Corporate board members may have greater confidence in their organizations’ ability to manage key risks than management actually does—and as a result, boards are significantly overconfident when it comes to addressing the thorniest issues facing their organizations, according to eye-opening new research from The Institute of Internal Auditors (IIA).
And what’s the reason for the skewed sense of security on a variety of risks, ranging from data protection and new technology to culture and sustainability? The new IIA report asserts that boards may be receiving incomplete or misleading information from management, which is then compounded by members’ failure to ask critical questions.
The study, OnRisk 2020: A Guide to Understanding, Aligning, and Optimizing Risk, provides a comprehensive view of organizational risk from those who manage it. Through quantitative and qualitative surveys, this first-of-its-kind report lays out how each group perceives and communicates key risks—and provides important benchmarking to help organizations align and enhance their risk management strategies and execution.
Organizational risk capability—board and C-suite perceptions:
Among the report’s key findings:
A suspect gap between management’s views and management’s reporting
There is a critical misalignment between how executive management views an organization’s capability to manage risks and what is communicated to boards, leading to board members believing risks are better managed than they are.
Board members’ expectations are too low
A perception of “acceptable misalignment” on risk—some respondents believe some misalignment is to be expected—is prevalent.
Poor approach to risk management
Some industries are lagging in adopting a systematic approach to risk management. These include healthcare and retail/wholesale, as well as the public/municipal sector.
Some risks are subject to greater reporting gaps
Among 11 key risks reviewed in the report, cybersecurity and data management and new technology are especially susceptible to critical knowledge deficits.
Some risks are expected to be greater threats
Data management/collection and new technology, data ethics, and sustainability risks are expected to grow in relevance in the next five years.
“Acceptable misalignment on risk is a risk itself that’s shortsighted and simply unacceptable,” said Richard F. Chambers, CIA, QIAL, CGAP, CCSA, CRMA, IIA President and CEO, in a news release. “The burden is on management to provide the board with an accurate picture of risks that may negatively impact the organization as well as those that present opportunities. But board members also must seek out informed and objective assurance on the information they receive, and internal audit is uniquely positioned to provide that truly independent and enterprise-wide perspective.”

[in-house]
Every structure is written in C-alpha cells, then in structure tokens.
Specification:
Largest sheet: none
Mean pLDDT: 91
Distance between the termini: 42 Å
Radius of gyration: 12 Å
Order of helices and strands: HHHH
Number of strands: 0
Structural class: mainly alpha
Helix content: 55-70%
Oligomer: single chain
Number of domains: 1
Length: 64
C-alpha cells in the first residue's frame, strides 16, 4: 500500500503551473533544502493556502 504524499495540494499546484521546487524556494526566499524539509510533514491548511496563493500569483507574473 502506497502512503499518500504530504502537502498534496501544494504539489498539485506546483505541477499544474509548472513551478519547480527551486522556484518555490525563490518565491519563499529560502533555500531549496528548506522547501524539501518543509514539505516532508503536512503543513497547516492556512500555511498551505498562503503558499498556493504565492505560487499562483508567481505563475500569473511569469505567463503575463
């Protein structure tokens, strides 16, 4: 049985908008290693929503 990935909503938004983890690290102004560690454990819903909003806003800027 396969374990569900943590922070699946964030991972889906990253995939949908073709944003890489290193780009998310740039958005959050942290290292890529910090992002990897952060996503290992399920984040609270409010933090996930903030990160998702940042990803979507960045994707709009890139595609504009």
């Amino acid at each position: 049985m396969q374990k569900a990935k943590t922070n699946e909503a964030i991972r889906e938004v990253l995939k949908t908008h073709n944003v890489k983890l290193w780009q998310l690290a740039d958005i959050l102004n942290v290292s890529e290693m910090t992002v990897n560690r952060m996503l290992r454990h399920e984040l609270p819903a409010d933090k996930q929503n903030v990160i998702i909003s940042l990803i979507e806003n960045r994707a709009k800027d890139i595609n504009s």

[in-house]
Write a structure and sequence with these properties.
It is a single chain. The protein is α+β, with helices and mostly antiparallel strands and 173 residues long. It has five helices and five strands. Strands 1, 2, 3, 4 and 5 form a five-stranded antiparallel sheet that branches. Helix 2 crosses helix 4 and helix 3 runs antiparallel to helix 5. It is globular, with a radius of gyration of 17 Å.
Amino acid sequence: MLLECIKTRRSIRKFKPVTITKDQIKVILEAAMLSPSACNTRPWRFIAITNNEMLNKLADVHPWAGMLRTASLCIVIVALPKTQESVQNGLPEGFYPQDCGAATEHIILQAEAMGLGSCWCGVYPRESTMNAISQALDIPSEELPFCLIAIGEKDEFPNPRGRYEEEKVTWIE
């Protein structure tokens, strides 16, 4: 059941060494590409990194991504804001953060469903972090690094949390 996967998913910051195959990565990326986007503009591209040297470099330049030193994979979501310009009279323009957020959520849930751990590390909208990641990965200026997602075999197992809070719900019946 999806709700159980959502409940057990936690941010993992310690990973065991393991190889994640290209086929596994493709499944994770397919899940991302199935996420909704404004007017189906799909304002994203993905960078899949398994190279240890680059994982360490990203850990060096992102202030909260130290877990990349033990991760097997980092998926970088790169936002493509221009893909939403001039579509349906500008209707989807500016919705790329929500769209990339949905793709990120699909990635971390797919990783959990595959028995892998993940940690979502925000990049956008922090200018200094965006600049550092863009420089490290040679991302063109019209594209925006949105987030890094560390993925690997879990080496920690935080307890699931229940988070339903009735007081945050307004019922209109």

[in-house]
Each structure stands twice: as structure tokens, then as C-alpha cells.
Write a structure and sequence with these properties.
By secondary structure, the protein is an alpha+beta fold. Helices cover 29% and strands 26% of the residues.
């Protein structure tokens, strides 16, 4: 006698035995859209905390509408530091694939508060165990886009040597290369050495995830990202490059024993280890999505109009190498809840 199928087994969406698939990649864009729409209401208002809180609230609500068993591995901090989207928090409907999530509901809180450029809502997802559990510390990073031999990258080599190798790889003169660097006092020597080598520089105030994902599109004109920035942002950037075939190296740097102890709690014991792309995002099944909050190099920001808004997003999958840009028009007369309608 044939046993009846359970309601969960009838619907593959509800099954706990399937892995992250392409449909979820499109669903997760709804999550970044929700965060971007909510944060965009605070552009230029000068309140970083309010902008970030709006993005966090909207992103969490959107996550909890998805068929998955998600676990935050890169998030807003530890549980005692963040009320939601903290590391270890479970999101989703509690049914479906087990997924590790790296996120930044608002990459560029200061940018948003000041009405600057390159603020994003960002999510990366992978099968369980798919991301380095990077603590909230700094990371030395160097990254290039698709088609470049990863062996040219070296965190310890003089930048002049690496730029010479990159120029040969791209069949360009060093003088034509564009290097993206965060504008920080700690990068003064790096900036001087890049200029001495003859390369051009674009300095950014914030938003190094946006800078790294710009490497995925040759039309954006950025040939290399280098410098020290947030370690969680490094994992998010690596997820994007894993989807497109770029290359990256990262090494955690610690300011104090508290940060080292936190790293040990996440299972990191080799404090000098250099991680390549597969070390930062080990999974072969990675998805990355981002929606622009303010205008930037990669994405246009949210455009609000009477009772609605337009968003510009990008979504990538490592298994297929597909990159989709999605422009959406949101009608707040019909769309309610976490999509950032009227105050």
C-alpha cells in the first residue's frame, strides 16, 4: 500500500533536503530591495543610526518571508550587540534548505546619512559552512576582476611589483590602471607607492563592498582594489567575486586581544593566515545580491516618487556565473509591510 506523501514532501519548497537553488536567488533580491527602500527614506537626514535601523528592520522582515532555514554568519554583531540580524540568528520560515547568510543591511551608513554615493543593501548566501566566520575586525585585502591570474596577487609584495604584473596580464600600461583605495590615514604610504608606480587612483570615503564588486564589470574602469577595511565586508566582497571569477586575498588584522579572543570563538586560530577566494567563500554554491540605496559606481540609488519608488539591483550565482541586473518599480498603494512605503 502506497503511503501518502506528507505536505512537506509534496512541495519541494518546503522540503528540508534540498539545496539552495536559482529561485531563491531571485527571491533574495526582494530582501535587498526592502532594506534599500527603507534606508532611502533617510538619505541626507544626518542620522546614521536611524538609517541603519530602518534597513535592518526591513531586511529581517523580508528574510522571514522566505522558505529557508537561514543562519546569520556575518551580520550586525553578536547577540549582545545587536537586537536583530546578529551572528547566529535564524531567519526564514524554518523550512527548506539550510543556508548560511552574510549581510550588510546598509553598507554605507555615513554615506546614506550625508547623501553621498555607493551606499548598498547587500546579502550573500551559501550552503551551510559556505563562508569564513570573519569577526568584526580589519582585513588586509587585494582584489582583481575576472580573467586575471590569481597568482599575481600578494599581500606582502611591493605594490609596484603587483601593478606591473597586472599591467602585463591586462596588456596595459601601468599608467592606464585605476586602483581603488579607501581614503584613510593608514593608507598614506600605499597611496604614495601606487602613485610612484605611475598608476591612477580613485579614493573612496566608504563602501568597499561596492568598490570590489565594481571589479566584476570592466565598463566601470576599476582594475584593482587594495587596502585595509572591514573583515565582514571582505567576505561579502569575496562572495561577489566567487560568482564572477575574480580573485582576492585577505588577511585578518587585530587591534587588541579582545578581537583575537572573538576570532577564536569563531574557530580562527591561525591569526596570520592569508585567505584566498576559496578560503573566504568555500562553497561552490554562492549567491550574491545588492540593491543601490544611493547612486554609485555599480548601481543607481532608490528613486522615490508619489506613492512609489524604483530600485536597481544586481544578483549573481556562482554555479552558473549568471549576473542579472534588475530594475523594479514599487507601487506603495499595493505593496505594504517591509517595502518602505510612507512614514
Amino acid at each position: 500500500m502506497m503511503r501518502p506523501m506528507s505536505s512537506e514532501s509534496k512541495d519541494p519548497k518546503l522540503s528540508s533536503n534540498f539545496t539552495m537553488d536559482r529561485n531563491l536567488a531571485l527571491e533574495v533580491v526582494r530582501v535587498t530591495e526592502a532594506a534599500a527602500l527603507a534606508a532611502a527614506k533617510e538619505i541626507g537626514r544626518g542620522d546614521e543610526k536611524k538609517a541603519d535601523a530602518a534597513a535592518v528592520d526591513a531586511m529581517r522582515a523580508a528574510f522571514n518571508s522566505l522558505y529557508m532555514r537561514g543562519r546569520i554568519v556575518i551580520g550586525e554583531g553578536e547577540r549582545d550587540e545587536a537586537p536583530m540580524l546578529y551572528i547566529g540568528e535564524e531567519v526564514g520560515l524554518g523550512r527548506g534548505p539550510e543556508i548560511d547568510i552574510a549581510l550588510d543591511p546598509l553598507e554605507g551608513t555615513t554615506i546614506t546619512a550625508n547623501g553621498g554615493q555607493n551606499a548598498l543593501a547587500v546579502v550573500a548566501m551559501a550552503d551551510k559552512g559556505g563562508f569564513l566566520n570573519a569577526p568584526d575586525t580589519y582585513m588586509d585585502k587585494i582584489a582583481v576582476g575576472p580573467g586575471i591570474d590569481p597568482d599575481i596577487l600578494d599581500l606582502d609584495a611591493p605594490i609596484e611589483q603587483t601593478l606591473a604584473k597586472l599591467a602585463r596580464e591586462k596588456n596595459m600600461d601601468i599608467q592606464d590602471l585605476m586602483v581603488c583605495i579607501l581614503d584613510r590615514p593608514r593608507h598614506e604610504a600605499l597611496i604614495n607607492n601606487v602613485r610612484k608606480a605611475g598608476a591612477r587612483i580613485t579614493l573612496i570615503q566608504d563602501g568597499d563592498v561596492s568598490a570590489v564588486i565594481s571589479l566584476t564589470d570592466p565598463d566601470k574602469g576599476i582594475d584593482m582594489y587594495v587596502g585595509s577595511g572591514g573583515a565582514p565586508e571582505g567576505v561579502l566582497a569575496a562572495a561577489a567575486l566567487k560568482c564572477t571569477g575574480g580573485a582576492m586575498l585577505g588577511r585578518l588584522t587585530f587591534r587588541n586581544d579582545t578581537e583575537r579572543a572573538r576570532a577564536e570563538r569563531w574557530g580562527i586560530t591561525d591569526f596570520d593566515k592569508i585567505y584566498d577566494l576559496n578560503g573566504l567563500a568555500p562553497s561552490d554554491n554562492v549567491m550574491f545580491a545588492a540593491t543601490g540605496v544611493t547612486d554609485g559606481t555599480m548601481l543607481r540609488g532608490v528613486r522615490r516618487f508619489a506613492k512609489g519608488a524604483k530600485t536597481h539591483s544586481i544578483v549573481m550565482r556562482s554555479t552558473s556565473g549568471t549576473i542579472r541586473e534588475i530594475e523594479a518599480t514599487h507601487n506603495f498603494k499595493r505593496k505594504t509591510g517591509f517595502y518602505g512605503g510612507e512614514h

The inaugural OnRisk report is a significant step in collecting stakeholder perspectives on risk and risk management in support of good governance and organizational success. The combination of quantitative and qualitative research provides a robust look at 11 top risks facing organizations and allows for both objective data analysis and subjective insights based on responses from risk management leaders.
Organizational capability for 11 risks plotted on the Risk Stages model:
Risk stages are Recognize (r), Explore (e), Develop (d), Maintain (m).
“It is vital for organizations to not only develop strategies to address risks, but to have an added layer of assurance that examines the effectiveness of the risk strategy and its components,” Chambers said. “No single report provided a holistic view of risk based on the perspectives of the three key players in risk management—until now.”
The qualitative survey is based on 90 in-depth interviews with professionals in North American boardrooms, C-suites, and internal audit functions. The quantitative survey involved more than 600 internal audit leaders, primarily chief audit executives.